Environmental impacts of divorce. (pdf) (2007) Proc. Nat. Acad. Sci. 104:p20629
In which we learn that being divorce can lead to higher carbon dioxide emissions when compared to married couples.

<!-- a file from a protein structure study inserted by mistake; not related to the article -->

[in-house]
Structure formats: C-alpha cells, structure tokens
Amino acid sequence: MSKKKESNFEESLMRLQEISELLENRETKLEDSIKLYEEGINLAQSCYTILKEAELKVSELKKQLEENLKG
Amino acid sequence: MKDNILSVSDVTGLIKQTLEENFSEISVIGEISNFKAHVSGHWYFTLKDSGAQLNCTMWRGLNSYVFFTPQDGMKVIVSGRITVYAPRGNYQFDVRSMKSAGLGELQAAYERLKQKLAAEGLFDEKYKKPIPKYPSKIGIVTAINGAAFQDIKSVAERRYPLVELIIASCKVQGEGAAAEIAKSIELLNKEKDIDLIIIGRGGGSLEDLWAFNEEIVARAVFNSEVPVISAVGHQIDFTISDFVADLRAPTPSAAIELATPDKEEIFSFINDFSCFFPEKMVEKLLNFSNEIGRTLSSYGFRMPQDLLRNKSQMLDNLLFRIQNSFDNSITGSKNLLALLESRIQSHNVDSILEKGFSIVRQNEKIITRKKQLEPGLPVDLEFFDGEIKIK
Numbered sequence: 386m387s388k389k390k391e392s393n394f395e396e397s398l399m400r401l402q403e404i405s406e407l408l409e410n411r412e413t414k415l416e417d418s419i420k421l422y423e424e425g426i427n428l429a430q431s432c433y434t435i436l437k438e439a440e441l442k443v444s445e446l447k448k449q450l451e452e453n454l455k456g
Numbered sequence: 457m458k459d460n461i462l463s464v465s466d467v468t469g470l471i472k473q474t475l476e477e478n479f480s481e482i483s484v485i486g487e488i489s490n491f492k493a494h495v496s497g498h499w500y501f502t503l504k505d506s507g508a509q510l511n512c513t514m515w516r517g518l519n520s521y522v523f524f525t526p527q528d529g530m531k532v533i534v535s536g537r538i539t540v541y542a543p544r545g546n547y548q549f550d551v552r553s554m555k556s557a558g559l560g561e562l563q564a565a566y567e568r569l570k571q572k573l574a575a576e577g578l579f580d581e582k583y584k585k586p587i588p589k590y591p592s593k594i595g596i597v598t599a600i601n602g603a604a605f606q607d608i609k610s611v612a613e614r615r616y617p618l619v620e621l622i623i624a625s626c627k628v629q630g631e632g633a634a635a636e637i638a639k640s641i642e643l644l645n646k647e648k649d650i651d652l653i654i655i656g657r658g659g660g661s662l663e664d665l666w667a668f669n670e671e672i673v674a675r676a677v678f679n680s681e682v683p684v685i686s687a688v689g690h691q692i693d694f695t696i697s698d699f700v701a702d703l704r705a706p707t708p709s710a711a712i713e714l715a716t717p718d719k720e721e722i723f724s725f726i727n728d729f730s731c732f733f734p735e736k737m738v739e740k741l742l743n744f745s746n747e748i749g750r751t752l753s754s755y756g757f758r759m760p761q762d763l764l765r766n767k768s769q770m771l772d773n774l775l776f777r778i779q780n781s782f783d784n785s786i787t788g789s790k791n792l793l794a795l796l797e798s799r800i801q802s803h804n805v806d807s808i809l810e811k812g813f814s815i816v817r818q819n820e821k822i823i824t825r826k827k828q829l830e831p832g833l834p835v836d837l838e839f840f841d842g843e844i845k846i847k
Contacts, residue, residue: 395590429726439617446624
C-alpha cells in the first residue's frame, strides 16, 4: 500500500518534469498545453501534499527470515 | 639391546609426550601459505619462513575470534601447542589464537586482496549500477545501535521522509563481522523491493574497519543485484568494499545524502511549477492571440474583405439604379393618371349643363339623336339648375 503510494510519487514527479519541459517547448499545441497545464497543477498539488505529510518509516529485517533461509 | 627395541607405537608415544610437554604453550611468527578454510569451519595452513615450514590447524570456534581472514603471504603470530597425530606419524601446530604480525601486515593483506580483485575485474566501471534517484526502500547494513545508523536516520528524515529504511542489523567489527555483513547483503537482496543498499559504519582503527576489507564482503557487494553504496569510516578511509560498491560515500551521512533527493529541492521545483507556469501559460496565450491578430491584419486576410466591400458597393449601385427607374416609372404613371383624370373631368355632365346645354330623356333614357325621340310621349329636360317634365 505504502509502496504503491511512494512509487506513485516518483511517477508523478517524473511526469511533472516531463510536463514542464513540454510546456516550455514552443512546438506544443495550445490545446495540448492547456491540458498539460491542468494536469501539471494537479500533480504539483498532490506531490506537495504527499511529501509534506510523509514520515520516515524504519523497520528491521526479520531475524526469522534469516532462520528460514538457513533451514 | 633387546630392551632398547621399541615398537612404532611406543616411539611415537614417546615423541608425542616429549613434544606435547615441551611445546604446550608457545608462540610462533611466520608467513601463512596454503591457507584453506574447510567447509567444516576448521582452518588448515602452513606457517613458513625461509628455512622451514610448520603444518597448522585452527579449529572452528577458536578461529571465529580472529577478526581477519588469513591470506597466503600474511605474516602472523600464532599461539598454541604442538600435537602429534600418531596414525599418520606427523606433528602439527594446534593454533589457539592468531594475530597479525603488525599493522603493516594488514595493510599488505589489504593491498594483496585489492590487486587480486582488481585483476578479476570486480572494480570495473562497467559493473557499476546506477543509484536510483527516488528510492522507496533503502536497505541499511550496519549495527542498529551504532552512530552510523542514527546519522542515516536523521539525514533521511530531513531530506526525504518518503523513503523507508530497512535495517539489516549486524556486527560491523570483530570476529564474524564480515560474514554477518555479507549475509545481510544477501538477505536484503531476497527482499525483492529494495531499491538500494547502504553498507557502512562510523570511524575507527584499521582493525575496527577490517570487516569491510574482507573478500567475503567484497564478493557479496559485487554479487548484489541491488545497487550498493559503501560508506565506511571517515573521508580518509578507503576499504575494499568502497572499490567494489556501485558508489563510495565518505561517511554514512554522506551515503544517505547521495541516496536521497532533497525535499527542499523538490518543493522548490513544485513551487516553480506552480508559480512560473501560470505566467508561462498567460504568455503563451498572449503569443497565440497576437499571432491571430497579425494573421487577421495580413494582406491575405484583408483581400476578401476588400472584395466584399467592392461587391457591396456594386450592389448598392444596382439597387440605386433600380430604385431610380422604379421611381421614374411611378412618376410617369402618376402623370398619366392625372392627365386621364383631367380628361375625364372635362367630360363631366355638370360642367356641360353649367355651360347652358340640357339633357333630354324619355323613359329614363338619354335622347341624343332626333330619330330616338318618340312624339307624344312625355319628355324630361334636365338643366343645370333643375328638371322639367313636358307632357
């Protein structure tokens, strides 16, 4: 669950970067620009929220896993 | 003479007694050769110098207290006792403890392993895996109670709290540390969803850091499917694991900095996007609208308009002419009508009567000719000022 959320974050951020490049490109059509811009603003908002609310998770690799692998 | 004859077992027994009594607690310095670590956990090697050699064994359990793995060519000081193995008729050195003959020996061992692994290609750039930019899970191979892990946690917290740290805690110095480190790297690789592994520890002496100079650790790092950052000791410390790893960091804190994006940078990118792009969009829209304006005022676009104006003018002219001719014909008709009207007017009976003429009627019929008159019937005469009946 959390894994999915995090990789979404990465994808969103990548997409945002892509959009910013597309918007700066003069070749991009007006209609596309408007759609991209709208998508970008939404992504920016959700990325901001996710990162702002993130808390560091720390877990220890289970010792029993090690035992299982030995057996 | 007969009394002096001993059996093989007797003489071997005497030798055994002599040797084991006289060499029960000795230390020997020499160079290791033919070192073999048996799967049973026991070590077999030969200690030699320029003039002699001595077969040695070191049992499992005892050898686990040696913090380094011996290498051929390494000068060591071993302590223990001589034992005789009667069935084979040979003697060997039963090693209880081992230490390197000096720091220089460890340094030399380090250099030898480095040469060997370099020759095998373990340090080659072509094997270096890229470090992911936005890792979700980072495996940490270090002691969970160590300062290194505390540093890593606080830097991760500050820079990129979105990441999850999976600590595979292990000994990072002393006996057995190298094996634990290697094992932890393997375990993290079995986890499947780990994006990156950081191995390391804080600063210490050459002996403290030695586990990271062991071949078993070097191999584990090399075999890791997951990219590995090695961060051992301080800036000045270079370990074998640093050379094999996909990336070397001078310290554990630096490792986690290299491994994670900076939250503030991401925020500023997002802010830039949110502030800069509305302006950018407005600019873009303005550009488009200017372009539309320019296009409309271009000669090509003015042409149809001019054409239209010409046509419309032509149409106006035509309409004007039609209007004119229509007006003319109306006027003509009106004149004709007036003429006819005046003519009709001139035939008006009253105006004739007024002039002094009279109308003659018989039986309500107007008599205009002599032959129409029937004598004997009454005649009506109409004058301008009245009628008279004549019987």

Divorce is increasingly common around the world. Its causes, dynamics, and socioeconomic impacts have been widely studied, but little research has addressed its environmental impacts. We found that average household size (number of people in a household) in divorced households (households with divorced heads) was 27– 41% smaller than married households (households with married heads) in 12 countries across the world around the year 2000 (between 1998 and 2002). If divorced households had combined to have the same average household size as married households, there could have been 7.4 million fewer households in these countries. Meanwhile, the number of rooms per person in divorced households was 33–95% greater than in married households. In the United States (U.S.) in 2005, divorced households spent 46% and 56% more on electricity and water per person than married households. Divorced households in the U.S. could have saved more than 38 million rooms, 73 billion kilowatt-hours of electricity, and 627 billion gallons of water in 2005 alone if their resource-use efﬁciency had been comparable to married households. Furthermore, U.S. households that experienced divorce used 42– 61% more resources per person than before their dissolution. Remarriage of divorced household heads increased household size and reduced resource use to levels similar to those of married households. The results suggest that mitigating the impacts of resource inefﬁcient lifestyles such as divorce helps to achieve global environmental sustainability and saves money for households.